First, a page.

1. The part that did not reduce your tax liability for any year prior to the withdrawal year is not taxed.

  2. That part is allowed as a net operating loss deduction.

More Information

This section briefly discussed the CCF program. For more detailed information, see the following legislative authorities.

  • Section 607 of the Merchant Marine Act of 1936, as amended (46 U.S.C. 1177).

  • Chapter 2, Part 259 of title 50 of the Code of Federal Regulations (50 C.F.R., Part 259).

  • Subchapter A, Part 3 of title 26 of the Code of Federal Regulations (26 C.F.R., Part 3).

  • Section 7518 of the Internal Revenue Code (IRC 7518).

The application kit you can obtain from NMFS at the address or phone number given earlier may contain copies of some of these sources of additional information. Also, see their web page at www.nmfs.noaa.gov/mb/financial_services/ccf.htm.

How To Get Tax Help

You can get help with unresolved tax issues, order free publications and forms, ask tax questions, and get information from the IRS in several ways. By selecting the method that is best for you, you will have quick and easy access to tax help.

Contacting your Taxpayer Advocate.   If you have attempted to deal with an IRS problem unsuccessfully, you should contact your Taxpayer Advocate.

  The Taxpayer Advocate independently represents your interests and concerns within the IRS by protecting your rights and resolving problems that have not been fixed through normal channels. While Taxpayer Advocates cannot change the tax law or make a technical tax decision, they can clear up problems that resulted from previous contacts and ensure that your case is given a complete and impartial review.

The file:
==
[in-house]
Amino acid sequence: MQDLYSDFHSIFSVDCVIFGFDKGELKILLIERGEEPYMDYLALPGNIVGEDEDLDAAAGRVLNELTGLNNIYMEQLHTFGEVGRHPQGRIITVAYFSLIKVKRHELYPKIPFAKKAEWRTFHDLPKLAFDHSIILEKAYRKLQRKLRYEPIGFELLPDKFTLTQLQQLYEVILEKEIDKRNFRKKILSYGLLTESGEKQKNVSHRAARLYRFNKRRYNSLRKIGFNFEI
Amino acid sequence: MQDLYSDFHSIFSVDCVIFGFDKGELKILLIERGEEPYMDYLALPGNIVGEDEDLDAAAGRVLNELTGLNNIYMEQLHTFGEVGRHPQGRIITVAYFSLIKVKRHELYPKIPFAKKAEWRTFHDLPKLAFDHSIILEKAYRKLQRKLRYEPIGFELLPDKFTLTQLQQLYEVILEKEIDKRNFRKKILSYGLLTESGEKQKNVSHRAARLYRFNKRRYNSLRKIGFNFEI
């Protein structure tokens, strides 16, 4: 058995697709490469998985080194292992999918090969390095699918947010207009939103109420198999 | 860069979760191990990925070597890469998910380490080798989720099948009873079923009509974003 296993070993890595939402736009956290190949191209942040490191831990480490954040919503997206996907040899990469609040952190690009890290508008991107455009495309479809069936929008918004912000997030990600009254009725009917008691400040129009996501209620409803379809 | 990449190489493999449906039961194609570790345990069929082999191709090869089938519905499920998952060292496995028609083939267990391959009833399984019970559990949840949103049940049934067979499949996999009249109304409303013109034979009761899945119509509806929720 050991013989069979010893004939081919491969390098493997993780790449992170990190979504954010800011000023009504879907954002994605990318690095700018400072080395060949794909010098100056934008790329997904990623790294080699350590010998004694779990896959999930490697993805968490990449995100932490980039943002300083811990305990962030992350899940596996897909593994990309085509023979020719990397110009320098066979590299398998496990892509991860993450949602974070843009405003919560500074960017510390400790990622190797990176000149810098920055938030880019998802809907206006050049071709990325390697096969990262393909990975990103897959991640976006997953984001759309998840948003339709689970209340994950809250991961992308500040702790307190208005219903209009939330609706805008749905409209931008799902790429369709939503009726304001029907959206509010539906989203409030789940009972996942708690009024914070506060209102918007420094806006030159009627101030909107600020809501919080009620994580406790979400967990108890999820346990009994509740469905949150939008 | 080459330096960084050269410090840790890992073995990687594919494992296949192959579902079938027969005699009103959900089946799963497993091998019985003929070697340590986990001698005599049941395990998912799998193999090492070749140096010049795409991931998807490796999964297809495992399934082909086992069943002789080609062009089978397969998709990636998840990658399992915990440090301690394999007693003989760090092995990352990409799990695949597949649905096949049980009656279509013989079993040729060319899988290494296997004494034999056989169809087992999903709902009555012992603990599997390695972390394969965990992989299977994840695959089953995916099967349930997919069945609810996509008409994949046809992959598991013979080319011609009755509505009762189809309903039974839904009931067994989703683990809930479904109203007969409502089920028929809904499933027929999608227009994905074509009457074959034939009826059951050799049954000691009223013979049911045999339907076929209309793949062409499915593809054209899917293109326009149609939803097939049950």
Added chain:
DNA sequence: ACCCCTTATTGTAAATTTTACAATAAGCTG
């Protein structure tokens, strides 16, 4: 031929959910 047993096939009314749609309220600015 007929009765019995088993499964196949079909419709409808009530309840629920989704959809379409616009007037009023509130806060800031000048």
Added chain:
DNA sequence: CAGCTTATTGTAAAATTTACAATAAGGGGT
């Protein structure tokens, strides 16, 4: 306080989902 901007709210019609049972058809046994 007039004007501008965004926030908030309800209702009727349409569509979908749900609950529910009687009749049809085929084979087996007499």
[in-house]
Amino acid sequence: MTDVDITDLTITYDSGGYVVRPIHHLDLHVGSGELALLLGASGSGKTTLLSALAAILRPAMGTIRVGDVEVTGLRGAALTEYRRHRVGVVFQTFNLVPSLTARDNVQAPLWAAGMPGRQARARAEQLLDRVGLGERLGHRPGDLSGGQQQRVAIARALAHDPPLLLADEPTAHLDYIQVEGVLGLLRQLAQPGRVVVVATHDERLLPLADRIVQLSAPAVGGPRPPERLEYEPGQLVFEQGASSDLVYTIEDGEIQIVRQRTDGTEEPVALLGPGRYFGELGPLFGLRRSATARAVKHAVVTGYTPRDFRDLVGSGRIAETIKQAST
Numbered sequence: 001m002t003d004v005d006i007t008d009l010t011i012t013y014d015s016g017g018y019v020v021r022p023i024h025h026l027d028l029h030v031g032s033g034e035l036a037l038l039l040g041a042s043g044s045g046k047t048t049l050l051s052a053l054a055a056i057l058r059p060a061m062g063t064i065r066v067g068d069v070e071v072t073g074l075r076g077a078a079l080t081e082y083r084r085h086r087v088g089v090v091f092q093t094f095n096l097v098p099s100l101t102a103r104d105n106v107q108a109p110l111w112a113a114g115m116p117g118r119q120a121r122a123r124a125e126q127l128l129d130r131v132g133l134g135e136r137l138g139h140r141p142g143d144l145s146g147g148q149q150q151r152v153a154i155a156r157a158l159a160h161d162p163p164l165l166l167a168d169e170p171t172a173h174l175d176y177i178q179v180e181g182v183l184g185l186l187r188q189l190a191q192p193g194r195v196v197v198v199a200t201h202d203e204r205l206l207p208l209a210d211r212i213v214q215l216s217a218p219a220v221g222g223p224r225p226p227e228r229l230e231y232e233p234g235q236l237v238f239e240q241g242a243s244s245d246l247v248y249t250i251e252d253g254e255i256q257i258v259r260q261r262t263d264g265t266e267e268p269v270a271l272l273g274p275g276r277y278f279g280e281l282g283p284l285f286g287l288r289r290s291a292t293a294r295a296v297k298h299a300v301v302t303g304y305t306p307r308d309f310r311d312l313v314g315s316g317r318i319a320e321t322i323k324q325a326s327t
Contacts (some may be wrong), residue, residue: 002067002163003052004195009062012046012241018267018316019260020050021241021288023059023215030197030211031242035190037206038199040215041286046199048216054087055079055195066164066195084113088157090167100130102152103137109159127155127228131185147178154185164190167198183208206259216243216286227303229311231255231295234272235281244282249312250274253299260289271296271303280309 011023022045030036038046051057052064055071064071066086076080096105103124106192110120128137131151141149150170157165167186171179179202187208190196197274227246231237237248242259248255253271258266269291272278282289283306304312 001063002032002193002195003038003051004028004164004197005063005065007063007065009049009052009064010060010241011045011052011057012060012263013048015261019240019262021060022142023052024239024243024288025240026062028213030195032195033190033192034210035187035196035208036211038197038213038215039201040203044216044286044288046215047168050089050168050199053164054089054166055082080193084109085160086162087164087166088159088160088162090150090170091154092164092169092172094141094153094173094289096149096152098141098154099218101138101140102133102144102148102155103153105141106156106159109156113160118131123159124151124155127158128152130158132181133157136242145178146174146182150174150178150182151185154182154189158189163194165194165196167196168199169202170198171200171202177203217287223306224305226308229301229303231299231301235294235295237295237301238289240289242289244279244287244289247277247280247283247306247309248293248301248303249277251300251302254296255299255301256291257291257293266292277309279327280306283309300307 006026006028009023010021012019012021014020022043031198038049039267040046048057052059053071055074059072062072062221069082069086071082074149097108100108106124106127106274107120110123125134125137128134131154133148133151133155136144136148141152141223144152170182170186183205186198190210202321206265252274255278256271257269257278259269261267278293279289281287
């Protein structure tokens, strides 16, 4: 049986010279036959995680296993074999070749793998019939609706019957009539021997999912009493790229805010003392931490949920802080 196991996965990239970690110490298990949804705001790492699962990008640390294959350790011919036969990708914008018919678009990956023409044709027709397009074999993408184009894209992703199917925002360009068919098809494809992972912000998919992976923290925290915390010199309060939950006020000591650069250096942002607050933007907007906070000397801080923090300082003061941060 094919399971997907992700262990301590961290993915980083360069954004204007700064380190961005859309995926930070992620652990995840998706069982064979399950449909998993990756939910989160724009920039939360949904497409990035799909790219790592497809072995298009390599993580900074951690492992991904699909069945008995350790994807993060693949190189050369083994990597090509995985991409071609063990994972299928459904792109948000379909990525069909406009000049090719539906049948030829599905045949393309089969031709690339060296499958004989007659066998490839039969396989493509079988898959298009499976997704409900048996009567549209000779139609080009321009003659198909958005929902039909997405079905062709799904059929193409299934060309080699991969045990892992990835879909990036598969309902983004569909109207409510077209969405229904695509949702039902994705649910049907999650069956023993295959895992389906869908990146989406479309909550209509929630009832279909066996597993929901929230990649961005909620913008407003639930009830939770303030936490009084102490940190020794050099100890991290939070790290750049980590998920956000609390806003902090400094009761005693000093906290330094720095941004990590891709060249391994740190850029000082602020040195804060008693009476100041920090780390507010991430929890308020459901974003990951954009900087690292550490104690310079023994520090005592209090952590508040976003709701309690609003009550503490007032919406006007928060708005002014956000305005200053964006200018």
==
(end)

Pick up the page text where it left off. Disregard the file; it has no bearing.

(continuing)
To contact your Taxpayer Advocate:
  • Call the Taxpayer Advocate toll free at
    1-877-777-4778,

  • Call, write, or fax the Taxpayer Advocate office in your area,

  • Call 1-800-829-4059 if you are a
    TTY/TDD user, or

  • Visit www.irs.gov/advocate.

  For more information, see Publication 1546, How To Get Help With Unresolved Tax Problems (now available in Chinese, Korean, Russian, and Vietnamese, in addition to English and Spanish).

Free tax services.   To find out what services are available, get Publication 910, IRS Guide to Free Tax Services. It contains a list of free tax publications and an index of tax topics. It also describes other free tax information services, including tax education and assistance programs and a list of TeleTax topics.

Computer.
Internet. You can access the IRS website 24 hours a day, 7 days a week, at www.irs.gov to:

  • E-file your return. Find out about commercial tax preparation and e-file services available free to eligible taxpayers.

  • Check the status of your refund. Click on Where's My Refund. Be sure to wait at least 6 weeks from the date you filed your return (3 weeks if you filed electronically). Have your tax return available because you will need to know your social security number, your filing status, and the exact whole dollar amount of your refund.